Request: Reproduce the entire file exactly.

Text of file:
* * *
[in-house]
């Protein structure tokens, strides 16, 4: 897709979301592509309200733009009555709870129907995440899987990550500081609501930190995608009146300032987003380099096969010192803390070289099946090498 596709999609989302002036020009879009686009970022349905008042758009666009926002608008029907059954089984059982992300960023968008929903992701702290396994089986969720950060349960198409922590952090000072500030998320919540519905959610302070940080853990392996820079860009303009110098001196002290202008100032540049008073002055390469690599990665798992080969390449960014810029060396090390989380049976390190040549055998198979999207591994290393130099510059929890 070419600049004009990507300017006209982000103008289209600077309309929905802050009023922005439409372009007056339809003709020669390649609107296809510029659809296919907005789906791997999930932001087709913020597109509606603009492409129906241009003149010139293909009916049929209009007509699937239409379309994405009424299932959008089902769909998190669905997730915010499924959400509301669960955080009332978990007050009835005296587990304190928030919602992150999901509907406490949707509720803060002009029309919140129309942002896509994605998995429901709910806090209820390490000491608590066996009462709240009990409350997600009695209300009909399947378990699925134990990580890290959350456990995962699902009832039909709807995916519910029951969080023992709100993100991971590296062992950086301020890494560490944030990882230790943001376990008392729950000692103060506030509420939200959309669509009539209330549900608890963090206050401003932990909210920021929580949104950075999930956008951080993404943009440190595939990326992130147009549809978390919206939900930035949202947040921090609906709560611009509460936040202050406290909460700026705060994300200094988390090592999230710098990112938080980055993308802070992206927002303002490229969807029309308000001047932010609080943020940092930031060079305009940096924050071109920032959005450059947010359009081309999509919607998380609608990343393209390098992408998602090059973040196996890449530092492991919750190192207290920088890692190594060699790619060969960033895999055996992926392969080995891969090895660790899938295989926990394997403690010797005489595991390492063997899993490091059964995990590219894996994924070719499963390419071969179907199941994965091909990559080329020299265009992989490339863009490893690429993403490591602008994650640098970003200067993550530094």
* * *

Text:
[in-house]
């Protein structure tokens, strides 16, 4: 897709979301592509309200733009009555709870129907995440899987990550500081609501930190995608009146300032987003380099096969010192803390070289099946090498 596709999609989302002036020009879009686009970022349905008042758009666009926002608008029907059954089984059982992300960023968008929903992701702290396994089986969720950060349960198409922590952090000072500030998320919540519905959610302070940080853990392996820079860009303009110098001196002290202008100032540049008073002055390469690599990665798992080969390449960014810029060396090390989380049976390190040549055998198979999207591994290393130099510059929890 070419600049004009990507300017006209982000103008289209600077309309929905802050009023922005439409372009007056339809003709020669390649609107296809510029659809296919907005789906791997999930932001087709913020597109509606603009492409129906241009003149010139293909009916049929209009007509699937239409379309994405009424299932959008089902769909998190669905997730915010499924959400509301669960955080009332978990007050009835005296587990304190928030919602992150999901509907406490949707509720803060002009029309919140129309942002896509994605998995429901709910806090209820390490000491608590066996009462709240009990409350997600009695209300009909399947378990699925134990990580890290959350456990995962699902009832039909709807995916519910029951969080023992709100993100991971590296062992950086301020890494560490944030990882230790943001376990008392729950000692103060506030509420939200959309669509009539209330549900608890963090206050401003932990909210920021929580949104950075999930956008951080993404943009440190595939990326992130147009549809978390919206939900930035949202947040921090609906709560611009509460936040202050406290909460700026705060994300200094988390090592999230710098990112938080980055993308802070992206927002303002490229969807029309308000001047932010609080943020940092930031060079305009940096924050071109920032959005450059947010359009081309999509919607998380609608990343393209390098992408998602090059973040196996890449530092492991919750190192207290920088890692190594060699790619060969960033895999055996992926392969080995891969090895660790899938295989926990394997403690010797005489595991390492063997899993490091059964995990590219894996994924070719499963390419071969179907199941994965091909990559080329020299265009992989490339863009490893690429993403490591602008994650640098970003200067993550530094």